Exactly that, yes. For example, if the OP had asked for advice at the point of giving up SS, I’d have said “Just do it high bar squats if they’re more comfortable” and probably “what exactly did you eat yesterday”. The answer isn’t always “Just DTFP”, but it’s a better place to start than from scratch.

Having said that, there’s more than one way to skin a cat and the OP’s program looks fine. I’m sure with enough commitment and nutrition, he’ll get the results.


#13

Thanks for the advice everyone. I gave up ss because I kept trying on and off for years, reading this and that, frustrated at not getting low bar right, and not budging on ohp despite the fact that I was very heavy, and reading how 'this is not Doing the program or that ( like using high-bar), and not feeling the stretch reflex. I finally decided instead of f-Ing with a program, I just do my own thing based on compounds from reading on this website.

The conditioning is either skip roping for 15ish minutes or swings for 15ish minutes. The conditioning, calfs and arm work is not that concerning to me. The main focus is the diet and compounds. The rest is bonus if I have time that day.

Edit: To keep myself honest, my food.
Thursday:
breakfast: two servings of oatmeal, 3 whole eggs plus a cup of egg whites.
lunch: two chicken breasts, a swai filet and a cup of frozen black eye peas.
dinner: two scoops of whey isolate and three slices of digoreno supreme pizza.

Friday:
breakfast: three whole eggs plus cup of whites and bowl of strawberries.
lunch: two chicken breasts plus cup of black eye peas.
dinner: two scoops of whey isolate then ate out at a Mexican restaurant with family. Steak fajita queso burrito with vegetable rice and avocado and two soba bias.

yesterday:
breakfast: sames as Friday minus strawberries and had half cub of black eye peas.
lunch: same as Friday.
dinner: two scoops whey plus two egg salad croissants and two servings of chips.

Today is fast Sunday so won’t eat until dinner tonight. Mom is making spaghetti.

Weighing tomorrow, but I’m going to increase scoops to three before the meals I don’t make and see how that goes.

Needless to say, do not come in an elevator with me.


#14

[quote]Darthzilla99 wrote:
The conditioning is either skip roping for 15ish minutes or swings for 15ish minutes. The conditioning, calfs and arm work is not that concerning to me. The main focus is the diet and compounds. The rest is bonus if I have time that day.[/quote]

You seem to have a pretty good grasp on what you should be doing. I would say have at it and let us know how it goes. Keep reading around the subject and consider a log on this site to keep yourself motivated and so regular posters can help tweak the program as issues arise or priorities change.


#15

[quote]ActivitiesGuy wrote:

I also recommend checking out the log of twojarslave (Do Meatheads Dream Of Iron Sheep?) - a once-obese beginner, close to your size, who has turned himself into a grizzly, strong man approaching a 600-pound deadlift.[/quote]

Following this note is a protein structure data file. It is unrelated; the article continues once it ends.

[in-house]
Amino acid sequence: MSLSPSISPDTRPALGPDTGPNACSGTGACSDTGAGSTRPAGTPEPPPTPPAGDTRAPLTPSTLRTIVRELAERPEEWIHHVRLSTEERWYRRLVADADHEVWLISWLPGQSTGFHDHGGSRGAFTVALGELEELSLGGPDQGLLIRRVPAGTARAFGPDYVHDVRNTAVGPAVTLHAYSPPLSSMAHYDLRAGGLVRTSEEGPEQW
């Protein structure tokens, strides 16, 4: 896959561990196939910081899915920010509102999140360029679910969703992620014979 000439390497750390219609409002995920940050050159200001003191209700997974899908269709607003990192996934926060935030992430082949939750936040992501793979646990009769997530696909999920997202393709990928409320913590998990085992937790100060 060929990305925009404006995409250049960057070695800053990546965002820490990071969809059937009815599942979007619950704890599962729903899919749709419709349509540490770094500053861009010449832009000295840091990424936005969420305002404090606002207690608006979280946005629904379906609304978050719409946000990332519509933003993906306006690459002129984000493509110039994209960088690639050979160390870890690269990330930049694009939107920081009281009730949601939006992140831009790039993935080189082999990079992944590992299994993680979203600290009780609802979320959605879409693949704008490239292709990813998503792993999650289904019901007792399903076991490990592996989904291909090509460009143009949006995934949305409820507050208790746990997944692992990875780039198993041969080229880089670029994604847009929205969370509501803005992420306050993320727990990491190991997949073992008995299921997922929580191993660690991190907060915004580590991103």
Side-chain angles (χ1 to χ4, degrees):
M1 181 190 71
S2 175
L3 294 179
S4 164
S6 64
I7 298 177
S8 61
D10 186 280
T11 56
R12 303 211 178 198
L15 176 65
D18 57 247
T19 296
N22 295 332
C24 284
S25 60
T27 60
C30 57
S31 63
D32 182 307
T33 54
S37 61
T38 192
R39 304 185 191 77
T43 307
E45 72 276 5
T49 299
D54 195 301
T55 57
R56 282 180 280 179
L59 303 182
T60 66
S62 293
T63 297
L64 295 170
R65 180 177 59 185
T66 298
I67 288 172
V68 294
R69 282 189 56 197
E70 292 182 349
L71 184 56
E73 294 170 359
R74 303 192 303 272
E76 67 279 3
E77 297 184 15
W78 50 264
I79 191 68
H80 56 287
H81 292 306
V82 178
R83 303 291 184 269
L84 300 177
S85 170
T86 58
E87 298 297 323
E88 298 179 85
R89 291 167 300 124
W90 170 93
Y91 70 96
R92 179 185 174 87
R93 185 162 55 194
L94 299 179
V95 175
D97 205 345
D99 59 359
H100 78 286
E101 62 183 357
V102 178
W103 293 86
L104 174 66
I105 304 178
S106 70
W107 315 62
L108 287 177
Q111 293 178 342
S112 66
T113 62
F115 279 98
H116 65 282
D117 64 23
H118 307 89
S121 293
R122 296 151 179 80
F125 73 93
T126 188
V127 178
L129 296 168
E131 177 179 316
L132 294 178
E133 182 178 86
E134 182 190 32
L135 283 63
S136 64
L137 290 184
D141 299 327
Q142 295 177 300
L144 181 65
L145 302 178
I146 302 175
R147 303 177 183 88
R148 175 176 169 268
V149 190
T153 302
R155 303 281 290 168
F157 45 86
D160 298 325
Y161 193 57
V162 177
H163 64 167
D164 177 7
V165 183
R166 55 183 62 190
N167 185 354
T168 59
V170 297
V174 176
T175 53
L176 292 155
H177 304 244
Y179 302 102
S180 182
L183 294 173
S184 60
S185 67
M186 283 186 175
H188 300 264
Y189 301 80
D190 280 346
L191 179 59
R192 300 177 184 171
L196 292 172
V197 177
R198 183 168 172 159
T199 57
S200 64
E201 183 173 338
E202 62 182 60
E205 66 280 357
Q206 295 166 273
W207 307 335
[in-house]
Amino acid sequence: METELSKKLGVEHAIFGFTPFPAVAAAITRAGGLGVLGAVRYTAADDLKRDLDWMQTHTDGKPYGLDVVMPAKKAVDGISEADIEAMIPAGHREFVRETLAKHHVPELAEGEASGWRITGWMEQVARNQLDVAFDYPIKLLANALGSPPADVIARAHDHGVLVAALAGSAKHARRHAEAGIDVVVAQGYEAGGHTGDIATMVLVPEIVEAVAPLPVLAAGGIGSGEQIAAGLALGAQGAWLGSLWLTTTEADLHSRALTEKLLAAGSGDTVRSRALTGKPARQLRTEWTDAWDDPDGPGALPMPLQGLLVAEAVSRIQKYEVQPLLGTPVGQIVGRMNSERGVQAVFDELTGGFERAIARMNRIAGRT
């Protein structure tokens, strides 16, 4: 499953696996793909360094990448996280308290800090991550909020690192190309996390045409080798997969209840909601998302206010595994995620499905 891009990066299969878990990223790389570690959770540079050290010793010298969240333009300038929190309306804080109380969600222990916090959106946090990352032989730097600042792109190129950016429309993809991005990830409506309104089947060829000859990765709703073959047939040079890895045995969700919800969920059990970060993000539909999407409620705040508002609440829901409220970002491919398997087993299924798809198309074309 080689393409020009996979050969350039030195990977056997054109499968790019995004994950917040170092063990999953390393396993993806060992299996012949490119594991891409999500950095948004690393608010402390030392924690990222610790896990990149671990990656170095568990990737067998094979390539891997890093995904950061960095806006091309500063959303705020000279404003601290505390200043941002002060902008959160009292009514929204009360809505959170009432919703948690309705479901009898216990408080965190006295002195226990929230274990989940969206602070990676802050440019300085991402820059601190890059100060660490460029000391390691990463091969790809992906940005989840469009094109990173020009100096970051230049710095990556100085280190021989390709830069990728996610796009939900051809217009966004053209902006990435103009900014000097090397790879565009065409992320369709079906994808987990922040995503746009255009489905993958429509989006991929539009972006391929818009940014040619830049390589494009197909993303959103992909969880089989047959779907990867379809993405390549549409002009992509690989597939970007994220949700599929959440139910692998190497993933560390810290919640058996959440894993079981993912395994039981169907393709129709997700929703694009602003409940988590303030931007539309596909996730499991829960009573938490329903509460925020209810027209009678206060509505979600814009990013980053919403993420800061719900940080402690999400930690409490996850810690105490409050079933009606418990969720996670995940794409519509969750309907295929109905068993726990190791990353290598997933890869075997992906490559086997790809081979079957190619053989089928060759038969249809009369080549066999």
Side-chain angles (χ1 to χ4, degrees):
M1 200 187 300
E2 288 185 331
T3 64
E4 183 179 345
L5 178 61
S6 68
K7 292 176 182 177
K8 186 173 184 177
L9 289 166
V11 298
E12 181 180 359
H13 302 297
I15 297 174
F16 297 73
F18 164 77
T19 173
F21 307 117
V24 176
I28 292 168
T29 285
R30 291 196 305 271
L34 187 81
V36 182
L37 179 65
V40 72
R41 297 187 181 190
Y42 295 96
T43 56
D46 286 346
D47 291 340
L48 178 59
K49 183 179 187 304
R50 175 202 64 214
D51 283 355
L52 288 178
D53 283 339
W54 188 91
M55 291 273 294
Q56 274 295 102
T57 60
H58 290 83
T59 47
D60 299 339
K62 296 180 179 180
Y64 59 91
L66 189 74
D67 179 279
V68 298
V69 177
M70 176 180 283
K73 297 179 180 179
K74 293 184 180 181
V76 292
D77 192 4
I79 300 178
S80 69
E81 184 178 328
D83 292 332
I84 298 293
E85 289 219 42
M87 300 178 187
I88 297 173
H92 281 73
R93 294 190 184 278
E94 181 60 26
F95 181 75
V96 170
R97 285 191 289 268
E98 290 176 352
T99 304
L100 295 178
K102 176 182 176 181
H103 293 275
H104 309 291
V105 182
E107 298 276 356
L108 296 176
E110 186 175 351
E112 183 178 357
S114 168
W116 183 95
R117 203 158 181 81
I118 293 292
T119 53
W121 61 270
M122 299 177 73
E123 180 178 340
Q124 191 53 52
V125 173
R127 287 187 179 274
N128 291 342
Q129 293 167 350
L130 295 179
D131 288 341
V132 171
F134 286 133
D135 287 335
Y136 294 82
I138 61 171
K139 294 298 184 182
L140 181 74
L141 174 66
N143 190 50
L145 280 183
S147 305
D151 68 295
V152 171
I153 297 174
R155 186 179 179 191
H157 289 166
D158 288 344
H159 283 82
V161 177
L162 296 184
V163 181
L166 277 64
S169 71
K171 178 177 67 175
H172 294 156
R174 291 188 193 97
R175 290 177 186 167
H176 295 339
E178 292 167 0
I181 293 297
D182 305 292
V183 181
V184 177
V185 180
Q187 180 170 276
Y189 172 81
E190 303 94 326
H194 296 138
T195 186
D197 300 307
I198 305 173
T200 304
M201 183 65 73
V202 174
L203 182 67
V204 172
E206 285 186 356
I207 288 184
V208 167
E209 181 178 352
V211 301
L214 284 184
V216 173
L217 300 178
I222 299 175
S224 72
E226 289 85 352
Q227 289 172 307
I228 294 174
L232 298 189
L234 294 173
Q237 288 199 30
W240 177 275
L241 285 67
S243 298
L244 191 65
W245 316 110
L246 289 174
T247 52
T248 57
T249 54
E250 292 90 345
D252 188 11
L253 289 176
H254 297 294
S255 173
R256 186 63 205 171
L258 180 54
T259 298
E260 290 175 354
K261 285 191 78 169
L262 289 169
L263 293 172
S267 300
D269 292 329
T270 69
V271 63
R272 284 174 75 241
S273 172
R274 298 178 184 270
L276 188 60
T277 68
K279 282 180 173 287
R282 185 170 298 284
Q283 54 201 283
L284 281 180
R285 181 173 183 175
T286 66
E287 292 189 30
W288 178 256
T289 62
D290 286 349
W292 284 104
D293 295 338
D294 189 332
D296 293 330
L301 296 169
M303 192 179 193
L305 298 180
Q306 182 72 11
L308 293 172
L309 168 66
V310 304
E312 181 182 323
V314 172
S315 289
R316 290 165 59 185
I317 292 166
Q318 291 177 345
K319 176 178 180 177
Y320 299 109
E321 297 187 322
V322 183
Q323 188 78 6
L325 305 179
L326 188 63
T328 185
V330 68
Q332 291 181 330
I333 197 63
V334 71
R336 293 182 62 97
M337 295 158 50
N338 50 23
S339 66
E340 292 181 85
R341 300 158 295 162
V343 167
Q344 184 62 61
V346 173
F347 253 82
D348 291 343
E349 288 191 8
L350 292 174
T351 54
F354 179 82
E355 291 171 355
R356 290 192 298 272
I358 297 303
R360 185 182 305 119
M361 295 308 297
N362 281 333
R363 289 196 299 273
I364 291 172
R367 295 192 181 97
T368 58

Thanks for the shout-out. I’m still obese, but I suppose all of those other things are true. And my physique has improved substantially, going from that of a competitive processed cheese eater to a body that is the envy of dive bar bouncers across central Maine.

Regarding the OP’s routine - I don’t think it matters all that much… yet. I didn’t know anything about “conventional” wisdom when I started lifting, and I ended up on a 3 day/week full body routine that, had I posted it in the beginner section, would surely have been met with plenty of people telling me to do starting strength or 5/3/1.

Would I be some combination of leaner and stronger had I gone with conventional wisdom? Maybe, maybe not. Maybe I would have hurt my fat ass squatting 3 days/week as a beginner. Maybe I would have burned out and quit. Maybe I’d be benching 400 by now. No way to know.

More important than any of those “what-if” scenarios is the fact that I found a style of lifting that I learned to really enjoy. I’ve made lifting seriously and sensibly a part of my life.

I would encourage you to do the same, OP. If you believe in this program and want to run it, well, run the shit out of it and see where it gets you. Become a person who lifts weights! You have decades ahead of you that you can spend running 5/3/1, Sheiko, Westside, Eastside, Southside, some other shit you made up on your own, or just go back to the warm bliss of being fat, lazy and not giving a fuck.

The more time you spend under the bar the better-equipped you will be to make these choices on your own.

Good luck, and never, ever quit.


#16

Thanks twojarslave. I read your log alot. And thanks everyone else.


#17

Do this and similar fat loss based programs until you get down to say 250…


#18

This doesn’t help you that much, I suggest you find a squat you enjoy and squat frequently. I love deadlifting, but it will overtrain your Central nervous system quickly. That’s the beauty of squatting, it doesn’t nearly fatigue as much and a heavy set will leave you winded, I’m assuming burning mass calories. You won’t meet many strong motherfuckers who don’t squat heavy and often. That’s my goal, a heavy squat. I practice a lot of different variations.